Rudd's sister quits Labor
LOREE Rudd has followed through with her threat to quit the Australian Labor Party.
The elder sister of Foreign Affairs Minister Kevin Rudd, who lives in Nambour, said she had sent the party an official letter last week informing it of her decision.
Miss Rudd said she resigned because of the party's decision during its national conference earlier this month to vote in favour of same-sex marriage.
Miss Rudd said there were "many fine people in the Labor Party" she has served for 10 years.
"The things I've done in relation to this are just me personally," she said.
"I'm not representing any particular church or religious group. It is me giving my thoughts and taking a stand which is important for my integrity."
Miss Rudd said the right approach to change the law concerning marriage was to go to a referendum.
"This is a huge issue in our society. Any government honest with its people would take this matter to a referendum after a couple of years of open debate.
"It is not an easy issue and shouldn't be swept through in a night sitting. It shouldn't be swept through at a Labor conference when the party has committed to the electorate it will support marriage as it is."
Miss Rudd said she was also concerned with the way "Jesus is misrepresented".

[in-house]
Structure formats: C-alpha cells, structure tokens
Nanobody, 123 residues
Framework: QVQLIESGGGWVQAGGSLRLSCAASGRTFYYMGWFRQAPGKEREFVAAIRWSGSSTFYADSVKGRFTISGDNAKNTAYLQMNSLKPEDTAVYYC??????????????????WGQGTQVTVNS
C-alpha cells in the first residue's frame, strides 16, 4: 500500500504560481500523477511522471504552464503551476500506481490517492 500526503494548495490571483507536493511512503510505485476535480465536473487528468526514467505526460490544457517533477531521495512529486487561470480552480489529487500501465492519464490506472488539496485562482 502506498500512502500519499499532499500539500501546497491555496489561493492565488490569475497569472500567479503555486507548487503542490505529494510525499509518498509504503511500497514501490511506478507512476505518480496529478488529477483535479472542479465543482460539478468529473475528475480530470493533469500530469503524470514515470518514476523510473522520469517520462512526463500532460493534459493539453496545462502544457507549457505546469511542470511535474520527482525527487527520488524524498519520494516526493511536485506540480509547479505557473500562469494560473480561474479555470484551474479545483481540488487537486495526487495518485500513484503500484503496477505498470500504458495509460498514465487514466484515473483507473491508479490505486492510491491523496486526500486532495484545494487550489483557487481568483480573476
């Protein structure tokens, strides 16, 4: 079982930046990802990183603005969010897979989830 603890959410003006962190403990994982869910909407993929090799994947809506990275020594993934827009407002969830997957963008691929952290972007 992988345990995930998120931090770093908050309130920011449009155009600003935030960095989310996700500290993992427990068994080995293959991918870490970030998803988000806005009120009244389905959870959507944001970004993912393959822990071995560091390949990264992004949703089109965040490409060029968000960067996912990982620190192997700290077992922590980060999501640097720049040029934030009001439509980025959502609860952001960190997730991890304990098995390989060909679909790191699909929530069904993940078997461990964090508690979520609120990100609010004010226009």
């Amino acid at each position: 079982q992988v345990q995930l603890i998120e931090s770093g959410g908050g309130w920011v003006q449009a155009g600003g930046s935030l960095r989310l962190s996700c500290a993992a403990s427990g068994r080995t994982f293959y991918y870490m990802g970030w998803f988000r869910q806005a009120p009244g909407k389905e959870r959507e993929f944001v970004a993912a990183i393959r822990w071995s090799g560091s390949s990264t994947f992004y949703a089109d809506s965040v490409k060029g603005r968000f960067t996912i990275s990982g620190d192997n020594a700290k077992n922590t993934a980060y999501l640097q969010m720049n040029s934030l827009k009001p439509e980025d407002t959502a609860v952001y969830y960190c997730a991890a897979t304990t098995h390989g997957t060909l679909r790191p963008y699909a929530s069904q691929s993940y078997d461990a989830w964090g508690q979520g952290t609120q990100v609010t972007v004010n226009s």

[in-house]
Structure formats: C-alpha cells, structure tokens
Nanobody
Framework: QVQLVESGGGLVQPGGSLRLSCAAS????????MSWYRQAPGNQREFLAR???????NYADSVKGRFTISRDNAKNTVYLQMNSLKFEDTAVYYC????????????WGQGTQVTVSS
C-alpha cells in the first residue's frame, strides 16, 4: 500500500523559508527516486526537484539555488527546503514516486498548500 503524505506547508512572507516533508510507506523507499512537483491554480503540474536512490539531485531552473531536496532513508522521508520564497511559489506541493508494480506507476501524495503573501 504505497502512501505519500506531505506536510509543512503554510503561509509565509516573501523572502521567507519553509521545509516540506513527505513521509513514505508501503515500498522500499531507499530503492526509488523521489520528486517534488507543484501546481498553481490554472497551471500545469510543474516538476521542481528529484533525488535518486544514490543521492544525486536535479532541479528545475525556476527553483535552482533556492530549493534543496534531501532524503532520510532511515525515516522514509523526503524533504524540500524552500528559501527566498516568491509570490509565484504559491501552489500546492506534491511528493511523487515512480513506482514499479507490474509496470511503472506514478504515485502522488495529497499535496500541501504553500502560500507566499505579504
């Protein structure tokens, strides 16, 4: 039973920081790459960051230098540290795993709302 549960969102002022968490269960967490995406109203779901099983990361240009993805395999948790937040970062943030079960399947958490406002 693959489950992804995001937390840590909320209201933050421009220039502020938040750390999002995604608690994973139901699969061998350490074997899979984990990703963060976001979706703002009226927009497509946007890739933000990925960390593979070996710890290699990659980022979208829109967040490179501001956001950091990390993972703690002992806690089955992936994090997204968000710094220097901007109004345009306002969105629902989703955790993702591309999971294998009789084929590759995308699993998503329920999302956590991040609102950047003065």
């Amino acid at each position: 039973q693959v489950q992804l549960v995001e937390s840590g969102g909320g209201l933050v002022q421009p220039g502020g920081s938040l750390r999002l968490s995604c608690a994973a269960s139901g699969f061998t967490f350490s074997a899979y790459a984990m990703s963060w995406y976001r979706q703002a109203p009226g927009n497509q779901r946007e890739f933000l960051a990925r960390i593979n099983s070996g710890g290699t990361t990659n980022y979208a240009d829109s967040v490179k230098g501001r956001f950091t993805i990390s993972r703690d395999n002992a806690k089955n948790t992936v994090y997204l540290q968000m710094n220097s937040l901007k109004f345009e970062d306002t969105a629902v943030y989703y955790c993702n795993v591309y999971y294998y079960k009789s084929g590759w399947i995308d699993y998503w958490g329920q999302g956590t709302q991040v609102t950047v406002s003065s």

"The whole concept of equality comes from the Bible, from the sacred scriptures. All people are equal before God, but not all relationships," she said.
Miss Rudd said people over time had gradually broken down the sacredness of marriage as held in our society.
"Many problems have evolved, people are growing up in the wake of these. We used to say two wrongs don't make a right - that applies in this case.
"If it happens in Australia (gay marriage), it won't affect my life at all, but it would be a tragic loss for our society.
"If the benefit was that homosexual couples knew more joy, it would be worth the trade-off. But I don't think they will experience more joy."
Miss Rudd said she had also sent Member for Nicklin Peter Wellington a letter expressing her views on same-sex civil unions, but she was "sad he felt harassed or intimidated by Christians".